Breakfast with a President at the Oval Office

by Christopher Xeneopoulos Janus

As I grow older it seems that certain events in my life, some important, some just interesting persists in coming to my mind and I have an urge to write about them. And as a matter of fact, this urge is stronger today than it's ever been in my life. This persistent urge to create, according to psychiatrists, is an elderly person's "fountain of youth."


Christopher Janus and President Ford in the Oval Office

What comes to mind now is a wonderful meeting with President Gerald Ford in the Oval Room at the White House. I am among the millions who mourn his death last January. He was a fine president. He brought a warm sense of unity to the party and to the country.


The unique meeting came about with my good friend George Duffy who had a daughter who was young but a talented sculptress. She had just finished doing a small statue of two football players from the University of Michigan lamenting their first loss in a football game. It was really a fine piece of art and Duffy was asking me how he could help get his daughter better recognized as a sculptress.


I immediately remembered that President Gerald Ford played football at the University of Michigan and I suggested to Duffy that we give the statue to the president as part of the art collection at the White House. Duffy thought that was an excellent idea but very much doubted it could be done.

I, of course, disagreed. That afternoon I called Donald Rumsfeld, our former Secretary of Defense and at the time. He was the excellent chief of staff to President Ford. Rumsfeld agreed with me and in two hours called me back to say I had a breakfast meeting with President Ford at nine in the morning and I could bring my friends. He said to come early and have a quick tour of the White House.

At nine 0' clock we were ushered to the Oval Room and the president got up from his desk. He greeted us. Rumsfeld obviously told the president a few things about me for he greeted me saying "I understand you've been to China. I'd like to hear about your trip and the Peking Man fossils. I introduced George Duffy and his daughter, Karen, and gave him the statue. But before this he looked at the statue we brought and said" Hey, did they lose for once? That's a fine addition to our art collection. Now keep up the good work and do more fine things."

"Now, sit down and let's have some breakfast," he said.

The President then brought us some sweet rolls and filled my cup of coffee. It was a wonderful, very friendly meeting-the kind of meeting the President was known for.

The President then turned to me and said, "Chris, I understand you've written a book regarding the search for the missing fossils. Did you bring a copy of the book? I'd like to see it."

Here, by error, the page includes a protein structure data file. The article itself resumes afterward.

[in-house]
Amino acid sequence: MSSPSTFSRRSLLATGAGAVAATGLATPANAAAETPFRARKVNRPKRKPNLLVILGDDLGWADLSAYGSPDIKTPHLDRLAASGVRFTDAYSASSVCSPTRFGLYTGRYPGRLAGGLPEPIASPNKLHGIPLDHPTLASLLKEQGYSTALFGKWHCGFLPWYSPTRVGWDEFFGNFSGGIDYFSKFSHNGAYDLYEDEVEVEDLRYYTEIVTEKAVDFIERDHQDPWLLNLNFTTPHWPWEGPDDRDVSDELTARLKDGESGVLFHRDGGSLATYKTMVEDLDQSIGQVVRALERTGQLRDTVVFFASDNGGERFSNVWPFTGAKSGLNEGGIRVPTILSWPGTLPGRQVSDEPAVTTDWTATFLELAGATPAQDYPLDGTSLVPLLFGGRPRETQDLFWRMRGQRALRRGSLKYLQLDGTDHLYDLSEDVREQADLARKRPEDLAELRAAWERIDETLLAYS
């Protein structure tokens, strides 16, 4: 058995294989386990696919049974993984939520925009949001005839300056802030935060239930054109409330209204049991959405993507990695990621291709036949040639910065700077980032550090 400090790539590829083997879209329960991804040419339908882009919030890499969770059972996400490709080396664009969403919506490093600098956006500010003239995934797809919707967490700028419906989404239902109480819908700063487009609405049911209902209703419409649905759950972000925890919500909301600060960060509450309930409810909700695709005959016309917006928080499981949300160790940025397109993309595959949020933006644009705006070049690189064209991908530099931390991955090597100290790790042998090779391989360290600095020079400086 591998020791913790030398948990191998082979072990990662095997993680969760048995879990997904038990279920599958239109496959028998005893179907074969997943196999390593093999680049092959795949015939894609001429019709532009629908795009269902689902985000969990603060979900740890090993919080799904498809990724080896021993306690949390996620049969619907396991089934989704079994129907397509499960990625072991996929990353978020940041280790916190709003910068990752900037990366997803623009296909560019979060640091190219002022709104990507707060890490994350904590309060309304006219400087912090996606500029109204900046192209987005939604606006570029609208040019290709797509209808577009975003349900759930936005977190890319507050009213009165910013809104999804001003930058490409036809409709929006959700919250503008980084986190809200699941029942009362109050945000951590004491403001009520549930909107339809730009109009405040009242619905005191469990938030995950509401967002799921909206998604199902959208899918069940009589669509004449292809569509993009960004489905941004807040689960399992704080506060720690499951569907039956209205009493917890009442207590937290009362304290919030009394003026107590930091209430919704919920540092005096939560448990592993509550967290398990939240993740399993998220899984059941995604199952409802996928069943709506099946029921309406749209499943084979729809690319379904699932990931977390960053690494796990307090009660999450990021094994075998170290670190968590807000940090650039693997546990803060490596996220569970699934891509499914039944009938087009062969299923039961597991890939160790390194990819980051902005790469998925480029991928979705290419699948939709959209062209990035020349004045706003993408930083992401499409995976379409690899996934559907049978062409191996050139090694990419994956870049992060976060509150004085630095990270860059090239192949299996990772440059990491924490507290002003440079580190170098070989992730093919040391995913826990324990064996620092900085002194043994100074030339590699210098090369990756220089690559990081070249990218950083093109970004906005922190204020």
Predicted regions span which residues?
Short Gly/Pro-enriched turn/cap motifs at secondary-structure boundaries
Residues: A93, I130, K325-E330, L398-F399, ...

"Yes, Mr. President. I just happen to have a copy!"

To my great surprise, the President said, "Come, let's take a picture." You can imagine what this meant to my publisher MacMillan who used the picture in all five foreign languages copies of the book and much success.

Then the President asked me how the search was coming. I told him after three years of searching they had not been found.

The President then said I should ask the State Department to help me and said I could tell them this was his recommendation.

I, of course, was immediately pleased as was George Duffy and his daughter. I thanked the President and Donald Rumsfeld for a memorial event in my life.

I'm concluding this essay with some quotes from the President and information about him from various sources:

"I was the only Vice President of the United States to become president upon the resignation of a chief executive."

Ford was challenged by major economic problems including a recession, rapid inflation, and high unemployment. The economy began to recover in 1975, when the Vietnam war ended with a Communist victory.

Ford was an athletic man who loved sports. He often turned to the sports section of his newspaper before reading other news. Ford starred as a football player in high school and college, and football had a major influence on his life. He once said, "I know the value of team play. It is, I believe one of the most important lessons to be learned and practiced in our lives." Ford also swam regularly and enjoyed golf and skiing.

When Ford became president, he was challenged at home by soaring inflation and a loss of public confidence in the government. Inflation was causing hardship among many Americans especially the poor and elderly. Sharp rises in prices also threatened to cause a severe business slump.

Public faith in government had plunged to its lowest level in years.

Close observers of President Ford at work in the White House are impressed by his composure in the midst of confusing and conflicting demands on his attention and by the control he maintained as a man "at home with himself."

His political heroes are Abraham Lincoln, Harry S. Truman and Dwight D. Eisenhower -Presidents whose influence and example may well affect his own conduct of the Presidency in carrying out his repeated pledge to the American people to do the best he could for the country.



(Posting date 20 April 2007)

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